will make Vim behave a bit better, but less Vi  compatible,
		   even though a .vimrc file does not exist.

       -n	   No  swap file will be used.	Recovery after a crash will be
		   impossible.	Handy if you want to edit a  file  on  a  very
		   slow	 medium	 (e.g.	floppy).   Can also be done with ":set
		   uc=0".  Can be undone with ":set uc=200".

       -o[N]	   Open N windows.  When N is omitted,	open  one  window  for
		   each file.

       -R	   Read-only  mode.   The  'readonly' option will be set.  You
		   can still edit the buffer, but will be prevented from acci‐
		   dently  overwriting	a file.	 If you do want to overwrite a
		   file, add an exclamation mark to  the  Ex  command,	as  in
		   ":w!".   The	 -R  option  also  implies  the -n option (see
		   below).  The 'readonly' option  can	be  reset  with	 ":set
		   noro".  See ":help 'readonly'".

       -r	   List	 swap  files,  with  information  about using them for
		   recovery.

       -r {file}   Recovery mode.  The swap file is used to recover a  crashed
		   editing  session.   The  swap  file is a file with the same
		   filename as the text file with ".swp" appended.  See ":help
		   recovery".

       -s	   Silent  mode.   Only	 when started as "Ex" or when the "-e"
		   option was given before the "-s" option.

       -s {scriptin}
		   The script file {scriptin} is read.	The characters in  the
		   file	 are  interpreted  as if you had typed them.  The same
		   can be done with the command ":source! {scriptin}".	If the
		   end of the file is reached before the editor exits, further
		   characters are read from the keyboard.

       -T {terminal}
		   Tells Vim the name of the terminal  you  are	 using.	  Only
		   required  when the automatic way doesn't work.  Should be a
		   terminal known to Vim (builtin) or defined in  the  termcap
		   or terminfo file.

       -u {vimrc}  Use	the  commands in the file {vimrc} for initializations.
		   All the other initializations are  skipped.	 Use  this  to
		   edit	 a special kind of files.  It can also be used to skip
		   all initializations by giving the name "NONE".  See	":help
		   initialization" within vim for more details.

       -U {gvimrc} Use	the  commands in the file {gvimrc} for GUI initializa‐
		   tions.  All the other GUI initializations are skipped.   It
		   can	also be used to skip all GUI initializations by giving
		   the name "NONE".  See ":help gui-init" within vim for  more
		   details.

       -V	   Verbose.   Give  messages about which files are sourced and
		   for reading and writing a viminfo file.

       -v	   Start Vim in Vi mode, just like the executable  was	called
		   "vi".   This	 only has effect when the executable is called
		   "ex".

       -w {scriptout}
		   All the characters that you type are recorded in  the  file
		   {scriptout},	 until	you  exit  Vim.	 This is useful if you
		   want to create a script file to be used with	 "vim  -s"  or
		   ":source!".	If the {scriptout} file exists, characters are
		   appended.

       -W {scriptout}
		   Like -w, but an existing file is overwritten.

       -x	   Use encryption when writing	files.	  Will	prompt	for  a
		   crypt key.

       -Z	   Restricted  mode.   Works  like  the executable starts with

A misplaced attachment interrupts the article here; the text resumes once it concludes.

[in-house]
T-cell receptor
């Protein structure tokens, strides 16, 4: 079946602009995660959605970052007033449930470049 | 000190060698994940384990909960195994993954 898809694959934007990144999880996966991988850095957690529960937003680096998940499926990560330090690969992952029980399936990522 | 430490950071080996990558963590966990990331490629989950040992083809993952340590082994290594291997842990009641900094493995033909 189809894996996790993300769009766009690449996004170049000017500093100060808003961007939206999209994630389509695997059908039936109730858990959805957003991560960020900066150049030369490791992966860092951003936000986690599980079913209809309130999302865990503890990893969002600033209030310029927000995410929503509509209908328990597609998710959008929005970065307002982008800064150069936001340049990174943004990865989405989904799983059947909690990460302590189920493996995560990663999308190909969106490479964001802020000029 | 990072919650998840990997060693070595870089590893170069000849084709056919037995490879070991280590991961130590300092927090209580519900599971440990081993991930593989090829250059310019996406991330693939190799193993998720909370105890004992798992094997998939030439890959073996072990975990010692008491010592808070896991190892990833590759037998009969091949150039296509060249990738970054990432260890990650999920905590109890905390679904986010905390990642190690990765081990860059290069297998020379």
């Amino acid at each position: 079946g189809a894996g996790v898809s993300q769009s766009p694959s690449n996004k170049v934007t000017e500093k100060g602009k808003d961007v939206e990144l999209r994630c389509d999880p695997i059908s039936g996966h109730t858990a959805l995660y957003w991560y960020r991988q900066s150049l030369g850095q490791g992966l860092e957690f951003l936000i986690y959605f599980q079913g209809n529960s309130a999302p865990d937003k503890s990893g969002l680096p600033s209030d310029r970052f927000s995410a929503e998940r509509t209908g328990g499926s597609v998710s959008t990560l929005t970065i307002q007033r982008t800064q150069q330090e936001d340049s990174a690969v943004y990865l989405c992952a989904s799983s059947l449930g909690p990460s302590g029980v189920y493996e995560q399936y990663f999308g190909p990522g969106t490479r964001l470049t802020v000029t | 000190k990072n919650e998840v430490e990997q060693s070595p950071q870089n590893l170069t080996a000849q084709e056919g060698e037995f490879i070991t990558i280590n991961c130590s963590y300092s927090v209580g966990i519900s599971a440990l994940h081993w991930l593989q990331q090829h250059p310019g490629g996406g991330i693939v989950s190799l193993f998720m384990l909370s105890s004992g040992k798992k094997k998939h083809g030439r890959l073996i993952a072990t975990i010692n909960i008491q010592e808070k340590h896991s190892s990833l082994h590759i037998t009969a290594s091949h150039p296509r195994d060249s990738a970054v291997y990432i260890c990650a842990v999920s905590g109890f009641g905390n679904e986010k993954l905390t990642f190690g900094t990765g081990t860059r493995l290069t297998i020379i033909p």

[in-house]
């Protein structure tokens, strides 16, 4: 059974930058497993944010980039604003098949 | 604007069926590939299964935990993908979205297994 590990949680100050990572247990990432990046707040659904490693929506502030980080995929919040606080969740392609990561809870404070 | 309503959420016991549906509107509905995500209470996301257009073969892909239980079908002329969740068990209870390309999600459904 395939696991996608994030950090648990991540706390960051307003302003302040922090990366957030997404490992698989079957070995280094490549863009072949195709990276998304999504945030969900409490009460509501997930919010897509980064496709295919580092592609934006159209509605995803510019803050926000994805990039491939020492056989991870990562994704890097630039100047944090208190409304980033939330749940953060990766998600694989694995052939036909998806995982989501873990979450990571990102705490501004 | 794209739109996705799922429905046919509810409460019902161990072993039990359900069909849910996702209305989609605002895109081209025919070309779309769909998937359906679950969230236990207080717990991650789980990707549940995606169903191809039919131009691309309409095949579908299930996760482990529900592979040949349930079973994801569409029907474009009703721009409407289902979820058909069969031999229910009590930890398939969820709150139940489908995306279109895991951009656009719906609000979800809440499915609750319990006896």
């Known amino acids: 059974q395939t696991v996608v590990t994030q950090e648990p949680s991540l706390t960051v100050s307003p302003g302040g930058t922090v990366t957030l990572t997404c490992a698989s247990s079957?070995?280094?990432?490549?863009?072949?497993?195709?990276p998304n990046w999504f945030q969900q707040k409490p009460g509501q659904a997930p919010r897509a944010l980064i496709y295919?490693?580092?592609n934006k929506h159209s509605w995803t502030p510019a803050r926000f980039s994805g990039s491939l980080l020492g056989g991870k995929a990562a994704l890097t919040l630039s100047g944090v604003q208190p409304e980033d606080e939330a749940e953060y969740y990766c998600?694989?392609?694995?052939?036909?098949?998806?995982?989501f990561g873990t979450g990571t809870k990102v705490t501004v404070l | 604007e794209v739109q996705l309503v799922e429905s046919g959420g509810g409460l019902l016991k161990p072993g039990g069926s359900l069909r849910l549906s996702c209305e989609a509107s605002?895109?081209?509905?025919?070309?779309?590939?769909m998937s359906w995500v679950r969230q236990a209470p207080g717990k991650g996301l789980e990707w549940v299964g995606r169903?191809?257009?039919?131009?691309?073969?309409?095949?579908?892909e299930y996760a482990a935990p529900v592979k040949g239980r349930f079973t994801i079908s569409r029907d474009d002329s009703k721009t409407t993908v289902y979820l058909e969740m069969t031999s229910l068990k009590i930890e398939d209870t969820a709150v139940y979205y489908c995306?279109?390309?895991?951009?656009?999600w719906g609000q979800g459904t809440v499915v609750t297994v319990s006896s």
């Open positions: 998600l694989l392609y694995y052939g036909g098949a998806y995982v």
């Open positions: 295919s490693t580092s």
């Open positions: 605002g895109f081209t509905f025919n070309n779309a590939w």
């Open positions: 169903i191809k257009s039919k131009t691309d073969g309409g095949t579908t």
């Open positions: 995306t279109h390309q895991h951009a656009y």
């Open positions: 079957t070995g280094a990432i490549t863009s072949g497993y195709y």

"r".

       --	   Denotes the end of the options.  Arguments after this  will
		   be  handled	as  a  file  name.  This can be used to edit a
		   filename that starts with a '-'.

ON-LINE HELP
       Type ":help" in Vim to get started.  Type ":help subject" to  get  help
       on  a  specific	subject.   For example: ":help ZZ" to get help for the
       "ZZ" command.  Use <Tab> and CTRL-D to complete subjects	 (":help  cmd‐
       line-completion").   Tags are present to jump from one place to another
       (sort of hypertext links, see ":help").	All documentation files can be
       viewed in this way, for example ":help syntax.txt".

FILES
       /usr/local/share/vim/vim57/doc/*.txt
		      The  Vim documentation files.  Use ":help doc-file-list"
		      to get the complete list.

       /usr/local/share/vim/vim57/doc/tags
		      The tags file used for finding information in the	 docu‐
		      mentation files.

       /usr/local/share/vim/vim57/syntax/syntax.vim
		      System wide syntax initializations.

       /usr/local/share/vim/vim57/syntax/*.vim
		      Syntax files for various languages.

       /usr/local/share/vim/vimrc
		      System wide Vim initializations.

       /usr/local/share/vim/gvimrc
		      System wide gvim initializations.

       /usr/local/share/vim/vim57/optwin.vim
		      Script  used  for	 the ":options" command, a nice way to
		      view and set options.

       /usr/local/share/vim/vim57/menu.vim
		      System wide menu initializations for gvim.

       /usr/local/share/vim/vim57/bugreport.vim
		      Script to generate a bug report.	See ":help bugs".

       /usr/local/share/vim/vim57/filetype.vim
		      Script to detect the type of a file by  its  name.   See
		      ":help 'filetype'".

       /usr/local/share/vim/vim57/scripts.vim
		      Script  to  detect  the  type of a file by its contents.
		      See ":help 'filetype'".

       For recent info read the VIM home page:
       <URL:http://www.vim.org/>

SEE ALSO
       vimtutor(1)

AUTHOR
       Most of Vim was made by Bram Moolenaar, with a lot of help from others.
       See ":help credits".
       Vim  is	based  on Stevie, worked on by: Tim Thompson, Tony Andrews and
       G.R. (Fred) Walter.  Although hardly any of the original code remains.

BUGS
       Probably.  See ":help todo" for a list of known problems.

       Note that a number of things that may be regarded as bugs by some,  are
       in  fact	 caused by a too-faithful reproduction of Vi's behaviour.  And
       if you think other things are bugs "because Vi  does  it	 differently",
       you  should  take  a closer look at the vi_diff.txt file (or type :help
       vi_diff.txt when in Vim).  Also have a look  at	the  'compatible'  and
       'cpoptions' options.

			       1998 December 28				VIM(1)
[top]

List of man pages available for Ultrix

Copyright (c) for man pages and the logo by the respective OS vendor.

For those who want to learn more, the polarhome community provides shell access and support.

[legal] [privacy] [GNU] [policy] [cookies] [netiquette] [sponsors] [FAQ]
Tweet
Polarhome, production since 1999.
Member of Polarhome portal.
Based on Fawad Halim's script.
...................................................................
Vote for polarhome
Free Shell Accounts :: the biggest list on the net